Like its agriculture, Africa's markets are highly under-capitalized and inefficient. We know from our work around the continent that transaction costs of reaching the market, and the risks of transacting in rural, agriculture markets, are extremely high. In fact, only one third of agricultural output produced in Africa even reaches the market.
Eleni Zaude Gabre-Madhin
Agriculture seems to be the first pursuit of civilized man. It enables him to escape from the life of the savage, and wandering shepherd, into that of social man, gathered into fixed communities and surrounding himself with the comforts and blessings of neighborhood, country, and home. It is agriculture alone, that fixes men in stationary dwellings, in villages, in towns, and cities, and enables the work of civilizations, in all its branches, to go on.
In antiquity, agriculture and industry depended completely on human labor; but now, with the development of natural forces that human labor cannot match, agriculture and industry have fallen completely into the hands of the capitalists. The greater the amount of capital, the more abundant the resources that can be utilized.
I think people look at revolution too much in terms of power. I think revolution has to be seen more anthropologically, in terms of transitions from one mode of life to another. We have to see today in light of the transition, say, from hunting and gathering to agriculture, and from agriculture to industry, and from industry to post-industry. We're in an epoch transition.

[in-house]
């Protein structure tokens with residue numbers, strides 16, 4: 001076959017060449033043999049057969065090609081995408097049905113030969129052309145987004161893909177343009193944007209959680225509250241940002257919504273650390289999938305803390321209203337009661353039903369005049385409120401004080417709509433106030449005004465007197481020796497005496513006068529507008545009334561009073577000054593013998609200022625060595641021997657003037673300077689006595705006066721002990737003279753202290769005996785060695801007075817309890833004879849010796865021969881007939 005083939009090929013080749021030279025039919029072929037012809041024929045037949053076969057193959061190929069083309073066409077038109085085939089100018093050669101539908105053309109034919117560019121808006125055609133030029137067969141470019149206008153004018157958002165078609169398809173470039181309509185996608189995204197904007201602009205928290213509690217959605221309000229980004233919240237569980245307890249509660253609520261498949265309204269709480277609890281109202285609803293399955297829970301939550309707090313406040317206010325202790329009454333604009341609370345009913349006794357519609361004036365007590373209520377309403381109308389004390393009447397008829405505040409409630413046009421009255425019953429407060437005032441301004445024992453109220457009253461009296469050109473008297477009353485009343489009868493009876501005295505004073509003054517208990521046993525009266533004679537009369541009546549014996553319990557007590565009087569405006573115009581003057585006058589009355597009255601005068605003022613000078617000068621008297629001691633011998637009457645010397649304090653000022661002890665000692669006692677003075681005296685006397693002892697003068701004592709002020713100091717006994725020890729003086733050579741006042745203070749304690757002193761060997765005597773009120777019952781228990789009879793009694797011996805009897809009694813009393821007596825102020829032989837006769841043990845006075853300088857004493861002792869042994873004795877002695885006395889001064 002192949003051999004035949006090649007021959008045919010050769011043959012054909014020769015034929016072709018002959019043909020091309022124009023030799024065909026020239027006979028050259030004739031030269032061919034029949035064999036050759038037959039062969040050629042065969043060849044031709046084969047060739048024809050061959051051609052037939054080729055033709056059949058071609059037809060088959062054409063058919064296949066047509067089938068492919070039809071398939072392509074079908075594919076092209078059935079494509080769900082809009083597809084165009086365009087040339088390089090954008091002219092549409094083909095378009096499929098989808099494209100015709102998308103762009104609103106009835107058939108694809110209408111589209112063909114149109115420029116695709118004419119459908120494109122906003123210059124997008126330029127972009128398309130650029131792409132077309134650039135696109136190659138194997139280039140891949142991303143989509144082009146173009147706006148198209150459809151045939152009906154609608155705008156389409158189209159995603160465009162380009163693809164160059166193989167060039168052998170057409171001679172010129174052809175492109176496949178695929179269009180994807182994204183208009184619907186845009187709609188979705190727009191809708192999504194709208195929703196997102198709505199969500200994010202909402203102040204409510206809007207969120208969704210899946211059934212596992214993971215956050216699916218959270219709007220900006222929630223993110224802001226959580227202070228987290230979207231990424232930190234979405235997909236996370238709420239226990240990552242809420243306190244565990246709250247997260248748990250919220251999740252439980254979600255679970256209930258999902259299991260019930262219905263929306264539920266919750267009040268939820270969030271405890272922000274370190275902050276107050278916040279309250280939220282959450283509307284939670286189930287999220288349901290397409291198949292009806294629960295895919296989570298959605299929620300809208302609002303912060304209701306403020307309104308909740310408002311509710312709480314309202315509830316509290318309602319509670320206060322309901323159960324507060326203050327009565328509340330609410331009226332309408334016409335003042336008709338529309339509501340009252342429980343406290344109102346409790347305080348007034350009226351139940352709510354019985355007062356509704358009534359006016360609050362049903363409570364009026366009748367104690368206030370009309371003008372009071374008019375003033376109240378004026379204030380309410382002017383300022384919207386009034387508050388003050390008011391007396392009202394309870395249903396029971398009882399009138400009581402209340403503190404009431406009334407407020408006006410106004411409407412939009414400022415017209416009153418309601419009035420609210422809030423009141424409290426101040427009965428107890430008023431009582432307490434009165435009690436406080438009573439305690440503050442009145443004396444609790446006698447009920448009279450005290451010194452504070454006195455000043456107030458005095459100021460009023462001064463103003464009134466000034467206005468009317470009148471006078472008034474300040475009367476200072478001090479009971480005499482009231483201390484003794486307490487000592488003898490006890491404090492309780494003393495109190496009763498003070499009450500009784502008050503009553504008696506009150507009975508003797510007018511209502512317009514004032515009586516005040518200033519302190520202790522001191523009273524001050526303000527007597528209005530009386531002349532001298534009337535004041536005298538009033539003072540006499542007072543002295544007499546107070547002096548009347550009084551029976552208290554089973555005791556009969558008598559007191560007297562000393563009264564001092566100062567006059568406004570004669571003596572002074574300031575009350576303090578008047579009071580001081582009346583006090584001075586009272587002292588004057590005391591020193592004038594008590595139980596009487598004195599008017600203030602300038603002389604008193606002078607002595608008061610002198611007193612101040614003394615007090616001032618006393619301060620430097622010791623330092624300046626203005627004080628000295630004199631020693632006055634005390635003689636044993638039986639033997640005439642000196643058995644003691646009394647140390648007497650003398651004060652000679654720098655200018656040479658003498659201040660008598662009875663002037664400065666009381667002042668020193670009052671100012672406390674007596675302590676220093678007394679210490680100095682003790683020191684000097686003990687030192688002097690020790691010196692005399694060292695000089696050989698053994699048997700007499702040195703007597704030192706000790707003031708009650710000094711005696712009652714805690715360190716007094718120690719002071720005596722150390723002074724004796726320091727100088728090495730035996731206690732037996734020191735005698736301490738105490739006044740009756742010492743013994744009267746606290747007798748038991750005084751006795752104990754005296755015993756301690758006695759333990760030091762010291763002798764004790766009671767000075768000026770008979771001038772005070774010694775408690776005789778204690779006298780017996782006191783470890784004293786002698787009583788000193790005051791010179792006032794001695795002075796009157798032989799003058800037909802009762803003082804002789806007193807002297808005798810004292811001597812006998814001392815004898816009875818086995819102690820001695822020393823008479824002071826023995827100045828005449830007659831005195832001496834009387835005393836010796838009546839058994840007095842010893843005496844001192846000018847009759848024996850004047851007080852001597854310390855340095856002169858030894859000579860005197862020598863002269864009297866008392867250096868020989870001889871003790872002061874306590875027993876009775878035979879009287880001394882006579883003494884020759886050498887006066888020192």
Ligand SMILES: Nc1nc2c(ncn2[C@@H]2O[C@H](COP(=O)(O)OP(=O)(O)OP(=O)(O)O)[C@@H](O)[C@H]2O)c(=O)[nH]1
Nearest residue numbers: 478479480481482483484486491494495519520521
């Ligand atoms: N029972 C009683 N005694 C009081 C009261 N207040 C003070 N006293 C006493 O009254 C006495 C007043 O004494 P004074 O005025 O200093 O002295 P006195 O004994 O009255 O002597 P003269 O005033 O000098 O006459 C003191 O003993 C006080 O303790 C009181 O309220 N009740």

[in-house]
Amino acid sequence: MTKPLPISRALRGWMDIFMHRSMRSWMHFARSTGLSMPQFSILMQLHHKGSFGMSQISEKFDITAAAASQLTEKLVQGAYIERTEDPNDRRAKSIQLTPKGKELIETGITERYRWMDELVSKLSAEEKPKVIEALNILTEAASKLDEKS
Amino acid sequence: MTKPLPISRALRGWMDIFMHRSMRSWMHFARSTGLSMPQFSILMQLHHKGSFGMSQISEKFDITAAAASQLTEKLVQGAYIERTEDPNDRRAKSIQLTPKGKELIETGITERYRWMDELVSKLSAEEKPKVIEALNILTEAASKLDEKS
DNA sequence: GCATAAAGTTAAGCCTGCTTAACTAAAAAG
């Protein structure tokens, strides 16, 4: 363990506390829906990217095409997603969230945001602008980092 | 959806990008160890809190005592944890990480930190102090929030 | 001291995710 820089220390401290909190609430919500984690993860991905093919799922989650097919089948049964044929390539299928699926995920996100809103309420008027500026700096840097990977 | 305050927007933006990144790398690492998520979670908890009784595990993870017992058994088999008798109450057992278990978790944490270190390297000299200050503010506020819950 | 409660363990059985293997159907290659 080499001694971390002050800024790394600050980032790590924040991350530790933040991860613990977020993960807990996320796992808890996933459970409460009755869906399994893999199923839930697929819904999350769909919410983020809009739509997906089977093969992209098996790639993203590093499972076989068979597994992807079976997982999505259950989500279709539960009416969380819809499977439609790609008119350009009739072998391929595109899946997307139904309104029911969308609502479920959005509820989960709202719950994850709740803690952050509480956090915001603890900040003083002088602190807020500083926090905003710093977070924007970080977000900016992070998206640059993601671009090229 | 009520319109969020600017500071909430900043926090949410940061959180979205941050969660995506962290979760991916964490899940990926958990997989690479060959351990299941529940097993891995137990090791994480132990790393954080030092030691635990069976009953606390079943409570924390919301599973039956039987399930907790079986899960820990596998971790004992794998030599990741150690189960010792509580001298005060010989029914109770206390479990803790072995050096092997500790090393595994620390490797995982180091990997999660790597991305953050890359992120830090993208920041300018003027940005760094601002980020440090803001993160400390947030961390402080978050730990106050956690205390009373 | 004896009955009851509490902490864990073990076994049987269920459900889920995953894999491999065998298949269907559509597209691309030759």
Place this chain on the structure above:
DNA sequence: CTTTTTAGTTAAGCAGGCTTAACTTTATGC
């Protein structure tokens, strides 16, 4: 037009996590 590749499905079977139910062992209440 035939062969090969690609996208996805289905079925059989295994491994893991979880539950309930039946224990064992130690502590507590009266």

Grace Lee Boggs
If we're eating industrially, if we're letting large corporations, fast food chains, cook our food, we're going to have a huge, industrialized, monoculture agriculture because big likes to buy from big. So I realized, wow, how we cook or whether we cook has a huge bearing on what kind of agriculture we're going to have.
Net result [of the Dept. of Agriculture's Payment in Kind - PIK - program]: total farm income, now expected to be around $25 billion, this fiscal year, will exceed total federal subsidies by only a couple of billion. You could argue that those fellows out there on the fruited plain are in effect working for the federal government and that, therefore, the U.S. now has socialized agriculture under the Reagan Administration. Rich, eh?
What we must think about is an agriculture with a human face. We must give standing to the new pioneers, the homecomers bent on the most important work for the next century - a massive salvage operation to save the vulnerable but necessary pieces of nature and culture and to keep the good and artful examples before us. It is time for a new breed of artists to enter front and center, for the point of art, after all, is to connect. This is the homecomer I have in mind: the scientist, the accountant who converses with nature, a true artist devoted to the building of agriculture and culture to match the scenery presented to those first European eyes.
Most of the people in the world are poor, so if we knew the economics of being poor, we would know much of the economics that really matters. Most of the world's poor people earn their living from agriculture, so if we knew the economics of agriculture, we would know much of the economics of being poor.